augmented virtuality: using the video to enhance the virtual world.

Both of those graphical enhancements serve to aid the interaction with both the real and the virtual worlds. In addition, by having an agent performing actions in the real world, we begin to blur the division between real and virtual worlds even further.
Using DIVE as a basic framework we are working on the integration of the real and virtual world. For example if the task is to locate an object in a scene, if that object is recognized by a computer vision algorithm it could be graphically enhanced to both show its location to the user as well as inform the user of the robot's awareness of that object. Real images can be segmented and warped onto virtual objects to give them a more familiar appearance.
In the interface, we would like to explore how the user can best use the robot as a tool inside the virtual reality. Giving the user full access, in a natural way, to the robot capabilities is not trivial. The interface should be configured in a way that would allow the robot to act like an agent and expand and learn with user experience. This agency will allow the robot, when seen as a tool, to become more useful over time.

Some Research Issues

A number of research issues have been identified, e.g.:

Visualization: developing techniques for visualizing large collections of multimedia information. These techniques will allow users to obtain overviews of information; examine specific information in detail; visualize the results of applying search queries and filters; and create and manipulate information.

Embodiment: exploring the representation of users to one another in relation to the information they are using. A range of issues will be explored including conveying presence, position, identity, activity, availability, capability, as well as also enriched representations of human behavior, such as conveying gesture and facial expressions.

Awareness: developing flexible mechanisms so that users can selectively manage their awareness of other users and so that they can encourage others' awareness of them. In particular, mutual awareness might be related to proximity in an information space or to the degree of commonality of information being accessed.

Communication: supporting users in communicating with one another, both in real time and asynchronously using a variety of media, including audio, text, graphics and video. Communication also includes issues of synchronization (e.g. techniques supporting concurrent editing of multimedia information).
Distribution Mechanisms developing efficient distribution layers for multimodal information for wide range of network characteristics (enhancement of DIVE and SID developed by SICS).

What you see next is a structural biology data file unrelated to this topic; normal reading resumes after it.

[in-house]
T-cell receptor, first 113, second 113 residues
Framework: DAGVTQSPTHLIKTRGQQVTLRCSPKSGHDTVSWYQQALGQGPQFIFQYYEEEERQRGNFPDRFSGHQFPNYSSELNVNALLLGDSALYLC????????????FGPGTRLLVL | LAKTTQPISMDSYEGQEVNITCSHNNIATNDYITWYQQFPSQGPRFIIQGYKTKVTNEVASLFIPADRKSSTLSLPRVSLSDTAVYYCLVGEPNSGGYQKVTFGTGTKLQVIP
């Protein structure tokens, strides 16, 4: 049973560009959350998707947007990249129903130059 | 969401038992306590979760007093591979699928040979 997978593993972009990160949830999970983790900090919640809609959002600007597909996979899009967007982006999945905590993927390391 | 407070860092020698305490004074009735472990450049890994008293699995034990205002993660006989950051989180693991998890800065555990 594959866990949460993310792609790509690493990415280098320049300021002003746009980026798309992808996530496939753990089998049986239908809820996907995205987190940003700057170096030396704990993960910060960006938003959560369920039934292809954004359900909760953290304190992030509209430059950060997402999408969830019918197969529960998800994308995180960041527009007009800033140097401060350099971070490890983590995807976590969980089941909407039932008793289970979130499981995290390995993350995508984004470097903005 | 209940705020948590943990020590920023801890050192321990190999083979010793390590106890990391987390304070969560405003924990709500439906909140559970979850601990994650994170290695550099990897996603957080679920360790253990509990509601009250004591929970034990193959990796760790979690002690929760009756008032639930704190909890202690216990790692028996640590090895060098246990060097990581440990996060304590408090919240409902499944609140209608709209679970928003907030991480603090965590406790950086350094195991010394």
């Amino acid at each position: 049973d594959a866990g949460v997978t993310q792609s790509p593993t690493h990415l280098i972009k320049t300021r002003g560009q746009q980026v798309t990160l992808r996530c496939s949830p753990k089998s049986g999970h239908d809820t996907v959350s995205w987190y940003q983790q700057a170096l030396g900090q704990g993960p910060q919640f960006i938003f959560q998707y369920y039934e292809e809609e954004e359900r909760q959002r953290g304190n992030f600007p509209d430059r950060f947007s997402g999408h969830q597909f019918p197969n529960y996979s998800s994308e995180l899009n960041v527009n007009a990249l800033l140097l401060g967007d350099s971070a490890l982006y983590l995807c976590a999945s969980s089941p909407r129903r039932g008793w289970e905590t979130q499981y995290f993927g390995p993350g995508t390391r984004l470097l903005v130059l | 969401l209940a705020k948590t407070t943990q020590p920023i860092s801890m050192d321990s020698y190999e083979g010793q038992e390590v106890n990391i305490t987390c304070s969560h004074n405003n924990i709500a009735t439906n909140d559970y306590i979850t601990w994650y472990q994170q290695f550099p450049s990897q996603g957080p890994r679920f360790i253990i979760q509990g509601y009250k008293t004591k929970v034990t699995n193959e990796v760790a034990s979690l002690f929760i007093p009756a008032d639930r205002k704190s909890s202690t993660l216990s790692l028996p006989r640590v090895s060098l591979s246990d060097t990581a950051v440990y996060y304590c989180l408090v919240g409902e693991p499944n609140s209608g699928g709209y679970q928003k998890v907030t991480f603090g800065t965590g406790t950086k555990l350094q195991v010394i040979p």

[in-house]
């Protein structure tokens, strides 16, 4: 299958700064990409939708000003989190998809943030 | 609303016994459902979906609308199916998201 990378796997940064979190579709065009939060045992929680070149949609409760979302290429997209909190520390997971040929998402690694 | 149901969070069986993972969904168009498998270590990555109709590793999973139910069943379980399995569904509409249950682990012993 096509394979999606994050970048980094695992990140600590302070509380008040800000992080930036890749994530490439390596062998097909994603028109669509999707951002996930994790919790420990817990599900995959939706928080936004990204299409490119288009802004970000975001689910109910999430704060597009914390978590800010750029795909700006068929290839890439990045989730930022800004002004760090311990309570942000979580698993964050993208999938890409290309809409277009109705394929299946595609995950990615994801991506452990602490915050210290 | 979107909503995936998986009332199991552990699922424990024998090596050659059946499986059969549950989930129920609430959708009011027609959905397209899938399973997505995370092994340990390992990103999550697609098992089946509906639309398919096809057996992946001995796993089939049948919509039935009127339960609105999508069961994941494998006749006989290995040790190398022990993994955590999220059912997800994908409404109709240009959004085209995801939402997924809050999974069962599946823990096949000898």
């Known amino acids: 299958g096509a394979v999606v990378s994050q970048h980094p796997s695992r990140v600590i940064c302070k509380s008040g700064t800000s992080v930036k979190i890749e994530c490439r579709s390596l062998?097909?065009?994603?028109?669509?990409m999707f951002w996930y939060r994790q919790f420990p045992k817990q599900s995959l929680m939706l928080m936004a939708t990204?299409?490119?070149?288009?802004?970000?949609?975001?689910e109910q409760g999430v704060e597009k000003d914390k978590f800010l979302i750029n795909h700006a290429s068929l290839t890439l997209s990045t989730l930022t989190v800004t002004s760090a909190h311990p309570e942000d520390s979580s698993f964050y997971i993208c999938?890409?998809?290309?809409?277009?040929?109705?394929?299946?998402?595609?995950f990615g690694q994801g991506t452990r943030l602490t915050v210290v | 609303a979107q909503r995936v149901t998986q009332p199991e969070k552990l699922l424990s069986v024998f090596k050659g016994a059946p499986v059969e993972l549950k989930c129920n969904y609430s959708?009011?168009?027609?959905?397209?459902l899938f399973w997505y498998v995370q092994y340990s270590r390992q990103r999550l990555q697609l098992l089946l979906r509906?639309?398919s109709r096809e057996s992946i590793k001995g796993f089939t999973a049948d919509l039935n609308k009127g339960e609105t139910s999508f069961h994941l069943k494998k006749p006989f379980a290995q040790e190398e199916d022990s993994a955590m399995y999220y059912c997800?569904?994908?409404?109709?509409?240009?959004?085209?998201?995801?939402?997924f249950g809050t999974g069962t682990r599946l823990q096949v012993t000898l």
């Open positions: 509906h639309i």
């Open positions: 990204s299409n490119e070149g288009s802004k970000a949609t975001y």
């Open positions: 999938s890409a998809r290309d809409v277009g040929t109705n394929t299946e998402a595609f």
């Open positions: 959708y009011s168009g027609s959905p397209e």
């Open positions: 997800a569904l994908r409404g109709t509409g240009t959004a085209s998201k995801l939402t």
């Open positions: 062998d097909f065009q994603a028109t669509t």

Heterogeneity: cooperative multimedia systems may be accessed from a wide variety of equipment including desktop (i.e. screen-based), 2-D, and 3-D systems. Specific issues include interface architectures for multiple presentations of information; resolving perceptual problems arising from different presentations of shared spaces; and coping with differences in computing power and capability.

Scalability: developing techniques to support cooperation between large numbers of users. Mechanisms are required to allow users to flexibly and dynamically assign their computing and cognitive resources to selected users of greatest interest, so as to reduce problems of computational and cognitive overload.

Persistence and history: transforming information systems into 'places' for cooperative work requires introducing a notion of persistence, so that users become aware of changes that have taken place since their last visit and can associate these changes with others that have caused them.

Information sharing: developing techniques for populating information systems with entities and sharing these entities between users.

Reactive agents: explore and develop techniques for building reactive or ultra-responsive environments. One promising approach is to mate a virtual reality system with a state-of-the-art concurrent constraint language. This should take into account that the incorporation of this functionality into the virtual environment/interface must be done in a way that is both unobtrusive and empowering for the user.

Networking requirements: the combination of multimedia information systems with virtual reality systems will make significant demands of underlying communication networks. For example, traffic types will vary from continuous media (e.g. in video interaction and VR-world descriptions) to relatively small, but time critical, chunks of information (e.g. changes in position, collision detection and other events). Furthermore, the issue of perceived lag is critical to any sense of presence within a computer generated information space, and this is likely to be affected by network latency. It is therefore important to understand the kinds of traffic that such systems will generate and the effects of bandwidth and especially latency on the experiences of end users.